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NEW YORK (AFP) – The U.S. Department of Justice said Friday that tech giant Apple must cut ties with the five publishers with which it was found guilty of running an e-book price-fixing scheme.

Last month, a U.S. district court in New York found Apple guilty of conspiring with publishers to fix book prices for readers using its iPad and iPhone devices.

On Friday, Justice Department officials submitted to the court a plan for Apple to cut its existing ties to the publishers and to make it easier for its rivals to sell books on its platforms.

“Under the department’s proposed order, Apple’s illegal conduct will cease and Apple and its senior executives will be prevented from conspiring to thwart competition in the future,” assistant attorney general Bill Baer said.

The proposed settlement would see Apple end its agreements with five U.S.-based publishers: Hachette Book Group, HarperCollins, Macmillan Penguin and Simon and Schuster.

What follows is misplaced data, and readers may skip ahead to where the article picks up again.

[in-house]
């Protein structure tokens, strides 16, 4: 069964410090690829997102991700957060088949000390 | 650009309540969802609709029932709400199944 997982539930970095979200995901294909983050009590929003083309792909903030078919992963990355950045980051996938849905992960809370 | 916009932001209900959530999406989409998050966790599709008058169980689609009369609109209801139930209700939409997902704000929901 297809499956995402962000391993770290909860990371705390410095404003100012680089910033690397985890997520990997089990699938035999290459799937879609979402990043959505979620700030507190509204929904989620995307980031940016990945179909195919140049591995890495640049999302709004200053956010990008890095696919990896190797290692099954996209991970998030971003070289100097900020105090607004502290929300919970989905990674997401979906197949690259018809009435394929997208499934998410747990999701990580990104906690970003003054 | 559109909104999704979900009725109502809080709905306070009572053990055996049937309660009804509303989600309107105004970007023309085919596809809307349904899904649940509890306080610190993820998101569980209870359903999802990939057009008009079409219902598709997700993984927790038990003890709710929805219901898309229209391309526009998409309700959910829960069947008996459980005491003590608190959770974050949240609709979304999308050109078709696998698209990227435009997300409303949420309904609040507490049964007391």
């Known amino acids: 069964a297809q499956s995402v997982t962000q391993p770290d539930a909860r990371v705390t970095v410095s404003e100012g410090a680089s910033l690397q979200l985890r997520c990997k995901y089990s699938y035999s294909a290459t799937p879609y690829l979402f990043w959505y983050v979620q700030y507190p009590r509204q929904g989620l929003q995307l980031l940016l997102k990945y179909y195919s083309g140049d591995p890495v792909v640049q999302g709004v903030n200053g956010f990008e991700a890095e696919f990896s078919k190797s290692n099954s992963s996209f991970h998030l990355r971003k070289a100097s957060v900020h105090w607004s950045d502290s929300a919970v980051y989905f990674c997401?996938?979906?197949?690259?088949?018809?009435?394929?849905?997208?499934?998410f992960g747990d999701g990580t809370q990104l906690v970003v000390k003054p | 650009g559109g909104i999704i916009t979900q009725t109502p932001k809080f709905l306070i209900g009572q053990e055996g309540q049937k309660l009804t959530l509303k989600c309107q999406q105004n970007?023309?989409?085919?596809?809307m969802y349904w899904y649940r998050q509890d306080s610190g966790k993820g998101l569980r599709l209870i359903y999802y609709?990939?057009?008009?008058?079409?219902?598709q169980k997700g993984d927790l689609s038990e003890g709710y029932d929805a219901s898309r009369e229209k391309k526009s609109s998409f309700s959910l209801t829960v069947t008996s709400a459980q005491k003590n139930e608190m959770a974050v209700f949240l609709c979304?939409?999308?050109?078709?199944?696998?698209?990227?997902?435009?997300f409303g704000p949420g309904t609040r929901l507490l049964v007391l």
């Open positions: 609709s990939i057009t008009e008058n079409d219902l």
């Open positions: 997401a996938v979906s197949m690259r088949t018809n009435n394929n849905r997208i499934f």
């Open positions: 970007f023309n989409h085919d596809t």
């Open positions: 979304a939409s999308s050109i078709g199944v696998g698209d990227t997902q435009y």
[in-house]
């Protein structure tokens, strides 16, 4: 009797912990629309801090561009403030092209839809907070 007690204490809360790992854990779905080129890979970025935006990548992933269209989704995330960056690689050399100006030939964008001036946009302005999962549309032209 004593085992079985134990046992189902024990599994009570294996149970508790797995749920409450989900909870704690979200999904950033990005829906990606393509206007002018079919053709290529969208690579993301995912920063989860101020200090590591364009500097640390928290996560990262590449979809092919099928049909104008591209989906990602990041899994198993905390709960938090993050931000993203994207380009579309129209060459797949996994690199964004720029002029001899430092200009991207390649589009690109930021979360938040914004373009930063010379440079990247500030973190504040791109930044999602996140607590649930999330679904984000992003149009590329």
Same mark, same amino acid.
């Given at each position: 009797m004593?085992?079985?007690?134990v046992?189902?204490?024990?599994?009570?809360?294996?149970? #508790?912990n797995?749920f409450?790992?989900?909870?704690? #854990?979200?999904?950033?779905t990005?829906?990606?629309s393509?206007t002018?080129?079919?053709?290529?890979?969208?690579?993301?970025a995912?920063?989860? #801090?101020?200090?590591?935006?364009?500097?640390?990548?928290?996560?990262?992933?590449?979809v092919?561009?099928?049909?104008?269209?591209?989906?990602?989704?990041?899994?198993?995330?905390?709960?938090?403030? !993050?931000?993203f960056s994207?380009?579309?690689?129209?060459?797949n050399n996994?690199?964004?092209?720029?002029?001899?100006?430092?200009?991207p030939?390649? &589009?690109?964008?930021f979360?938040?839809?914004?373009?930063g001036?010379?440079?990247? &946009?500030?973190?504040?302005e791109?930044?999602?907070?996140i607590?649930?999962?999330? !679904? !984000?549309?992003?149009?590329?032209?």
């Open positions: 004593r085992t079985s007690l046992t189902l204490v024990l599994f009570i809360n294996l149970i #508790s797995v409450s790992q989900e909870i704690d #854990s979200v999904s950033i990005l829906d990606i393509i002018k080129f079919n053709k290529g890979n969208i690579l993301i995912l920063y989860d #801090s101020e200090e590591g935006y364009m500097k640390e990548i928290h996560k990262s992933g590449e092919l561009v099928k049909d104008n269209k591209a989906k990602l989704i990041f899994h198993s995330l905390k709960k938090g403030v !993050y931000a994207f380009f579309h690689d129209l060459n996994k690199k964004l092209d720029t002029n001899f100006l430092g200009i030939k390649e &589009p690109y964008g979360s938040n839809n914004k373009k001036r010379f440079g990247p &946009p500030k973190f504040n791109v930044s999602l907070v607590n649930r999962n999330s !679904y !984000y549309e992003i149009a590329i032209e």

The tech firm would promise not to enter new contracts with the five to limit price competition for five years, and would allow other e-book retailers to sell their products on iPad and iPhone apps for two years.

Apple would also be ordered to pay the salary of an external monitor to confirm its compliance with anti-trust laws.

Photo Credit: AFP/Robert Michael

Amy Coney Barrett

Photo from Fox 45 Baltimore/ Facebook

Donald Trump will select U.S. Appeals Court Judge Amy Coney Barrett as his Supreme Court pick Saturday, multiple news outlets confirmed with White House officials on Friday — and the outlook couldn't be more bleak for reproductive rights, LGBTQ rights, immigration, and the future of health care in the United States.

According to the New York Times, Trump "will try to force Senate confirmation before Election Day."

"The president met with Judge Barrett at the White House this week and came away impressed with a jurist that leading conservatives told him would be a female Antonin Scalia," the Times reported.

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